Implant That Controls Sperm With On/Off Switch Could Become A Thing

And it's “as small as a gummy bear.”

Soon, you might be able to say goodbye to vasectomies and hello to a tiny device that seems straight out of the pages of a sci-fi novel.

A German carpenter named Clemens Bimek has invented a form of male contraception meant to let men control their sperm flow with the flip of a switch.

The device, called the Bimek SLV, is “as small as a gummy bear,” according to its site, and is surgically implanted and attached to the vas deferens, or spermatic ducts. It has a valve that can be opened and closed with a switch that can be accessed through the scrotum’s skin:

The Bimek SLV, a device for reversible male contraception, is supposed to work through a switch that can be flipped through the skin of the scrotum.
The Bimek SLV, a device for reversible male contraception, is supposed to work through a switch that can be flipped through the skin of the scrotum.
Bimek SLV

When the valve is closed, it diverts sperm cells by pushing them sideward, which prevents them from reaching the seminal fluid. This makes a man sterile upon ejaculation. The procedure works similarly to a vasectomy, except a vasectomy can only be reversed occasionally and through complicated surgery. But with this device, which is 100 percent vegan, the procedure could be reversed with just another flip of the switch.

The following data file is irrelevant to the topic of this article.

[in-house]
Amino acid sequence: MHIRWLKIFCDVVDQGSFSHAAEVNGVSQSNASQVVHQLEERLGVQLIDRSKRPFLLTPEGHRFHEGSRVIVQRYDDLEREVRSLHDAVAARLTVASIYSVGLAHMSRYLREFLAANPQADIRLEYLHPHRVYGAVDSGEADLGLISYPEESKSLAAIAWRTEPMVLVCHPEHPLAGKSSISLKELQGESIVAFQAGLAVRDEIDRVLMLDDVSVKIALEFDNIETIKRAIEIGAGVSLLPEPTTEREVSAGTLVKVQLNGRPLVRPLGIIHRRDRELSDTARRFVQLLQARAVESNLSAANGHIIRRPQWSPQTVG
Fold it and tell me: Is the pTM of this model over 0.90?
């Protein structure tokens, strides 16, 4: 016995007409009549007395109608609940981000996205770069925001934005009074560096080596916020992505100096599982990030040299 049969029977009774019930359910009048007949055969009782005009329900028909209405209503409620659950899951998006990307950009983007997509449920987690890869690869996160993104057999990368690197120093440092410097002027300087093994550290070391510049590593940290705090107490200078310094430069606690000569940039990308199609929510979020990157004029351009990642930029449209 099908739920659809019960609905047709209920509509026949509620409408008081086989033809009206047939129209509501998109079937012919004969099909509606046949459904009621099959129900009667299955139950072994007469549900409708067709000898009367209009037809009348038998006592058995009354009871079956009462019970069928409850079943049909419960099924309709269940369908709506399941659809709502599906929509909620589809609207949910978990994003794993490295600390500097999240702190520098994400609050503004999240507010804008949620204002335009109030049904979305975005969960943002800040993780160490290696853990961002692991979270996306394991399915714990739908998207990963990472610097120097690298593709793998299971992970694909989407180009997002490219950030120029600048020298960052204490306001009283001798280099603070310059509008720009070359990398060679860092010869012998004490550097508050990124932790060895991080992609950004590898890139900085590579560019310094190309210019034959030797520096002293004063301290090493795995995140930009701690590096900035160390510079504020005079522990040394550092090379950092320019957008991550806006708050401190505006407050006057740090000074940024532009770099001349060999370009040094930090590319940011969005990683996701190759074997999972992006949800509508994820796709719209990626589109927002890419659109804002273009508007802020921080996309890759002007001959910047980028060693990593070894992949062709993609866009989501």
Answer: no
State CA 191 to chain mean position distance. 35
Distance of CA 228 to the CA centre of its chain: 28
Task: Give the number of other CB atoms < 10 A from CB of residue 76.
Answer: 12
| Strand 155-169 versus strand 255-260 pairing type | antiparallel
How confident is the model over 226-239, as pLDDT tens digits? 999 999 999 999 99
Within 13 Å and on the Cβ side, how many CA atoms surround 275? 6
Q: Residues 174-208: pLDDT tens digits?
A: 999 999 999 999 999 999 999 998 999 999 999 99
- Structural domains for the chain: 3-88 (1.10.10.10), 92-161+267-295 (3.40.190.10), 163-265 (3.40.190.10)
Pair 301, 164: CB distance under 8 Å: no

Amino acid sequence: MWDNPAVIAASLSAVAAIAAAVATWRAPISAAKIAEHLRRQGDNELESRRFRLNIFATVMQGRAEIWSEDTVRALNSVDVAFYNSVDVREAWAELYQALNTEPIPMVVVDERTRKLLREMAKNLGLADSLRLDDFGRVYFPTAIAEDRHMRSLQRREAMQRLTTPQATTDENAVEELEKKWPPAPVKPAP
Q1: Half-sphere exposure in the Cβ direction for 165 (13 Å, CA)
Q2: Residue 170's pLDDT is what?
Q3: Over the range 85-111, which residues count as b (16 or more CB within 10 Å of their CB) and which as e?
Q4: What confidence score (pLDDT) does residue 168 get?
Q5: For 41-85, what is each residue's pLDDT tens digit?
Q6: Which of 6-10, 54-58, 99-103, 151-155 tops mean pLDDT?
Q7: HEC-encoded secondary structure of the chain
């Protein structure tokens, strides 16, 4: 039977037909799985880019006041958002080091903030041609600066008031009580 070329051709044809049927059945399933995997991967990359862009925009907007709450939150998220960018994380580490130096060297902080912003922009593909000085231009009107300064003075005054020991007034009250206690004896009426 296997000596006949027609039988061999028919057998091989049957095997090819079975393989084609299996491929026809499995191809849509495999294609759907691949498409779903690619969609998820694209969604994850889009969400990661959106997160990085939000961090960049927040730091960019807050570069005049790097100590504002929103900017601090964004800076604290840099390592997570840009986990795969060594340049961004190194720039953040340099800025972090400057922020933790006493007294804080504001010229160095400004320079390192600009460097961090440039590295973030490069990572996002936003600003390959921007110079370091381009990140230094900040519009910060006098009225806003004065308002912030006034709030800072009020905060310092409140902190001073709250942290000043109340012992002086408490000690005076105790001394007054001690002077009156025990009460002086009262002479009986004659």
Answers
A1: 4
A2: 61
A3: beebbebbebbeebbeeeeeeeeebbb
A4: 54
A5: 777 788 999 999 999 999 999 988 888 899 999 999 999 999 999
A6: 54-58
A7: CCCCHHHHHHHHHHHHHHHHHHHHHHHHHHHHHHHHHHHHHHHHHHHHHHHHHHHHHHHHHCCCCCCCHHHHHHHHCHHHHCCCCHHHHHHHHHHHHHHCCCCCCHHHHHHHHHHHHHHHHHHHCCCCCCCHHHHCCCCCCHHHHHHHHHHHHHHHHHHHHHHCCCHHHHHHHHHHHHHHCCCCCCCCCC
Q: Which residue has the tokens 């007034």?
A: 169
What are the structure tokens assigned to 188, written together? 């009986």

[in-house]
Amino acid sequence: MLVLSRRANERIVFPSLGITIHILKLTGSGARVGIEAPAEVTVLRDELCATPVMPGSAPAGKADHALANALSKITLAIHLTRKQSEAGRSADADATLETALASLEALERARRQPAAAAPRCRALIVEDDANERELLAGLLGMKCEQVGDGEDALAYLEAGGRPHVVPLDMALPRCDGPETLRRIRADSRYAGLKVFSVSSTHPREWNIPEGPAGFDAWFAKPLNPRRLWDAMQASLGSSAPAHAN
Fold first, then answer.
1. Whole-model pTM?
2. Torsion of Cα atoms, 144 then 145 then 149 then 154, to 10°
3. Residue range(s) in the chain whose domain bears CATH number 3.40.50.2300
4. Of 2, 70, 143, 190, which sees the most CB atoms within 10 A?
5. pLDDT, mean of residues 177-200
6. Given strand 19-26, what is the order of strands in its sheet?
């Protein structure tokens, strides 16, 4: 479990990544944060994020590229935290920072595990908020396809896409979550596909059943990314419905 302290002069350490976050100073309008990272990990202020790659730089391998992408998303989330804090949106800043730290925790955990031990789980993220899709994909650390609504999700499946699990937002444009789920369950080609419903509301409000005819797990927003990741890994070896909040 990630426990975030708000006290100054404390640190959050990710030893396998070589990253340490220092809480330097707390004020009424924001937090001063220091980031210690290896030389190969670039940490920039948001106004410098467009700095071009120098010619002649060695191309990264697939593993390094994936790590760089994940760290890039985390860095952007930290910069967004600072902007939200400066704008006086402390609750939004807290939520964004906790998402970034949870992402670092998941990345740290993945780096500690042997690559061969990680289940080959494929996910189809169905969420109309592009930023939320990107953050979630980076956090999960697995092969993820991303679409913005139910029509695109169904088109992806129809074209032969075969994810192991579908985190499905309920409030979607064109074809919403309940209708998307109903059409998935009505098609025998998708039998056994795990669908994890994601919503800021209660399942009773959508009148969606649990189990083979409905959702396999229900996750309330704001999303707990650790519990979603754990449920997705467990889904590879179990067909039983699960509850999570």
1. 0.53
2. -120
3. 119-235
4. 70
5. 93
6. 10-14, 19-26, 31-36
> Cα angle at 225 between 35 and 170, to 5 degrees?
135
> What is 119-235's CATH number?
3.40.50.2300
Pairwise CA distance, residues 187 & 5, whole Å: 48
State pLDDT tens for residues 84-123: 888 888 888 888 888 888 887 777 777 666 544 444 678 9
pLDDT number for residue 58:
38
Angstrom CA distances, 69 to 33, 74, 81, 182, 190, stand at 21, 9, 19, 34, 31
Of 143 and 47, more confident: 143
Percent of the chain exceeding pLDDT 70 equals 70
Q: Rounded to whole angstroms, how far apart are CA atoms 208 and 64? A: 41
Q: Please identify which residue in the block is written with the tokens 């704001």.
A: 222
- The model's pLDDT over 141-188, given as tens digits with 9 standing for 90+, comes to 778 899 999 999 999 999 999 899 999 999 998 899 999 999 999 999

According to German magazine Spiegel, Bimek got the idea 20 years ago while watching a documentary about contraception. In 2000, he filed a patent.

“Many doctors that I have consulted, have not taken me seriously,” Bimek told Spiegel. “But there were also some who have encouraged me to continue to tinker and who have supported me with knowledge.”

Wolfgang Bühmann, spokesman for the Professional Association of German Urologists, told Spiegel that he think this procedure will cause scarring, which can prevent sperm from flowing even when the valve is open. Bühmann also warned that if the valve is closed for too long a time, it could get clogged.

But it's not yet clear whether this will be the case: Thus far only Bimek himself has had the 30-minute implant procedure -- and Philipp Renger, who is in charge of marketing the Bimek SLV, told CBC Radio it didn’t go that well.

"When it was implanted he found that it was difficult to open and close it," Renger said.

Bimek had to redesign the device and have follow-up surgeries, according to CBC.

"It sounds terrible ... but it worked really well," Renger said.

The company is looking to implant the device on 25 men this year, and wants a final product by 2018.

Any volunteers?

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